Greg Fitzsimmons: I don’t watch them. I don’t think that there are enough of those “favorite moments.” I watched them early on and then they became so formulaic, where every single joke was a simile joke. Everything was a metaphor joke, “she is to blank, what blank is to blank,” and it’s just like – is that really how you talk? Why don’t you do your fucking comedy and do it on a Roast? Why is it that all of a sudden everybody talks like Jeffrey Ross? It’s so stupid, what a waste of talent.
RJW: Yeah, and Jeffrey Ross is pretty good at doing Jeff Ross.
Greg Fitzsimmons: And also Jeffrey Ross is doing Borscht Belt comedians, he’s basically a young version of these really great old comics. He’s really nailed that genre. But, that’s just one way to do it. I don’t know, I just feel like the Roasters don’t necessarily know who the person is that they are Roasting. I grew up going to the real Friars Club Roasts because my dad was a member of the Friar’s Club my whole life. The original Roasts were at the Hilton in New York, a lunchtime thing on a Friday, the doors were closed, there was no press, there was no recording devices. It was really just guys that all knew each other, shitting on each other and it was done out of love and comradery. So to me, this version of it that is on TV is so far removed from that, I just don’t find it interesting. I say that, and now I’m going to be asked to be on the next big Roast. (laughing)
RJW: You really take advantage of all of these great ways to express yourself, you have a book, Dear Mrs. Fitzsimmons: Tales of Redemption from an Irish Mailbox, and this really successful podcast, but for you does it always come back to stand-up? You still have a love of touring and being on stage?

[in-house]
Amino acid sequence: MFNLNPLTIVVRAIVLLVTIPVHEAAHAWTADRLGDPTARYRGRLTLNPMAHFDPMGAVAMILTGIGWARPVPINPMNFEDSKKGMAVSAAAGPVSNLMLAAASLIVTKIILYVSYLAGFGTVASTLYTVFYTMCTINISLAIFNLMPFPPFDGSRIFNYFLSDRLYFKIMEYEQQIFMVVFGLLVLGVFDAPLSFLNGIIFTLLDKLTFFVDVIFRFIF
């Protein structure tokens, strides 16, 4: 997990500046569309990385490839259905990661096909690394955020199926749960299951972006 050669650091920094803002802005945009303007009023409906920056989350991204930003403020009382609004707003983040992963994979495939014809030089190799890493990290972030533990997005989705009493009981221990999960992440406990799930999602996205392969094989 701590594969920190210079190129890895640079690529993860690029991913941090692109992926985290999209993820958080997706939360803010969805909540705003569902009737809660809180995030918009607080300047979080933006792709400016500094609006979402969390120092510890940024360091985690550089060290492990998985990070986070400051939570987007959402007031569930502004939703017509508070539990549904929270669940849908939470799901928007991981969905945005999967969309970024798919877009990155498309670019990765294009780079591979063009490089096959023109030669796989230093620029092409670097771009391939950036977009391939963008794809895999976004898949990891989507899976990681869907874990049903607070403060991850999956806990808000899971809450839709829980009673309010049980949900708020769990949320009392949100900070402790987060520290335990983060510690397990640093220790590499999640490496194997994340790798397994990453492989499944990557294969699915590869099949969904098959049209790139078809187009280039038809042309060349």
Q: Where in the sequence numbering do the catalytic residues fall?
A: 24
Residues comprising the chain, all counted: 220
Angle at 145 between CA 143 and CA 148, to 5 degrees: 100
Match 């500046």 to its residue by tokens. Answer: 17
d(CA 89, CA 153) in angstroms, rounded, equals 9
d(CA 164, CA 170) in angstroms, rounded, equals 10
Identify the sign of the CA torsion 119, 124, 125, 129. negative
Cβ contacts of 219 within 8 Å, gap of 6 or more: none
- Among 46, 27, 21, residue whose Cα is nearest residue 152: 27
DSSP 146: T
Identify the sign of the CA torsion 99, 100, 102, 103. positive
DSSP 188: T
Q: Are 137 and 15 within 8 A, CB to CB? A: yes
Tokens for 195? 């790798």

Greg Fitzsimmons: Well, I wouldn’t say the touring part. Dom Irrera once said, “I do stand-up for free, they pay me to travel.” My kids are 10 and 13, being away is really hard. So I try to carve it out so that I’m only on the road Friday – Saturday and never work Sundays. But, in terms of creating the material and being on stage, it’s everything. Nothing comes even close to that feeling. It’s total creativity, it’s always a challenge, you’ve got to earn it every single night. The immediate feedback of doing something new and having it work is just a really intense rush. It’s very addictive and to think that you’re growing – you know I’m very hard on myself, so I’ll get sick of my material and just be like, “You suck! You’re uncreative and you’re a hack and you’re no different than anyone else.” And that drives me to try to create something that is more interesting. I think the longer you do stand-up, the longer you have to get the shit out, so you can get to what is actually good. So, I’ve got to keep logging my hours. You have to keep getting out the bad stuff. I guess we’re all just meant to do a lot of bad comedy before we do good comedy.
RJW: Did you have a defining moment where you just said, “That’s it, I’ve got to do stand-up, I’ve got to be a comedian?”
Of course there is something that you are going to throw at me at the end of the interview to make me sound like an asshole. Ok, “You’re an animal, it’s a Western, and you have a French accent… GO!”
RJW: That’s so amazing, I love that story. So, I just want to do like five quick questions that we call The Short Set.
Greg Fitzsimmons: Of course you do!! (laughing) Of course there is something that you are going to throw at me at the end of the interview to make me sound like an asshole. Ok, “You’re an animal, it’s a Western, and you have a French accent… GO!” (laughing)
RJW: Hey, I’ve watched your “Talk Your Way Out of It,” so it’s not nearly as bad as that, I promise! (laughing)
Greg Fitzsimmons: (laughing) Touché, my friend.